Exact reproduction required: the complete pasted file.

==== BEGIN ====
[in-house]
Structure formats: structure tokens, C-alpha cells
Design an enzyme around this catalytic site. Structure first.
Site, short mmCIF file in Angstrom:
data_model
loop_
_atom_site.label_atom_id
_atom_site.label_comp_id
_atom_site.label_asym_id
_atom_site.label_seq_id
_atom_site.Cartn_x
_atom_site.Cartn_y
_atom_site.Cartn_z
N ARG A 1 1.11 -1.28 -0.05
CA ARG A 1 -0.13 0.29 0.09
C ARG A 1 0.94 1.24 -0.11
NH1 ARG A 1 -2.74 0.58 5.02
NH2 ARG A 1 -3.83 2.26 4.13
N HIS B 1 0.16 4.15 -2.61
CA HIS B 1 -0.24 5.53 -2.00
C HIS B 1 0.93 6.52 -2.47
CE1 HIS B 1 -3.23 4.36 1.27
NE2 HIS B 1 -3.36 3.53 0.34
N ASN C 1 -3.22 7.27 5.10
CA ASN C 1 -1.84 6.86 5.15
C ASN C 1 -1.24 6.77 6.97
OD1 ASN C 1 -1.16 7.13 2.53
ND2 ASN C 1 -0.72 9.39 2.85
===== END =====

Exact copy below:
[in-house]
Structure formats: structure tokens, C-alpha cells
Design an enzyme around this catalytic site. Structure first.
Site, short mmCIF file in Angstrom:
data_model
loop_
_atom_site.label_atom_id
_atom_site.label_comp_id
_atom_site.label_asym_id
_atom_site.label_seq_id
_atom_site.Cartn_x
_atom_site.Cartn_y
_atom_site.Cartn_z
N ARG A 1 1.11 -1.28 -0.05
CA ARG A 1 -0.13 0.29 0.09
C ARG A 1 0.94 1.24 -0.11
NH1 ARG A 1 -2.74 0.58 5.02
NH2 ARG A 1 -3.83 2.26 4.13
N HIS B 1 0.16 4.15 -2.61
CA HIS B 1 -0.24 5.53 -2.00
C HIS B 1 0.93 6.52 -2.47
CE1 HIS B 1 -3.23 4.36 1.27
NE2 HIS B 1 -3.36 3.53 0.34
N ASN C 1 -3.22 7.27 5.10
CA ASN C 1 -1.84 6.86 5.15
C ASN C 1 -1.24 6.77 6.97
OD1 ASN C 1 -1.16 7.13 2.53
ND2 ASN C 1 -0.72 9.39 2.85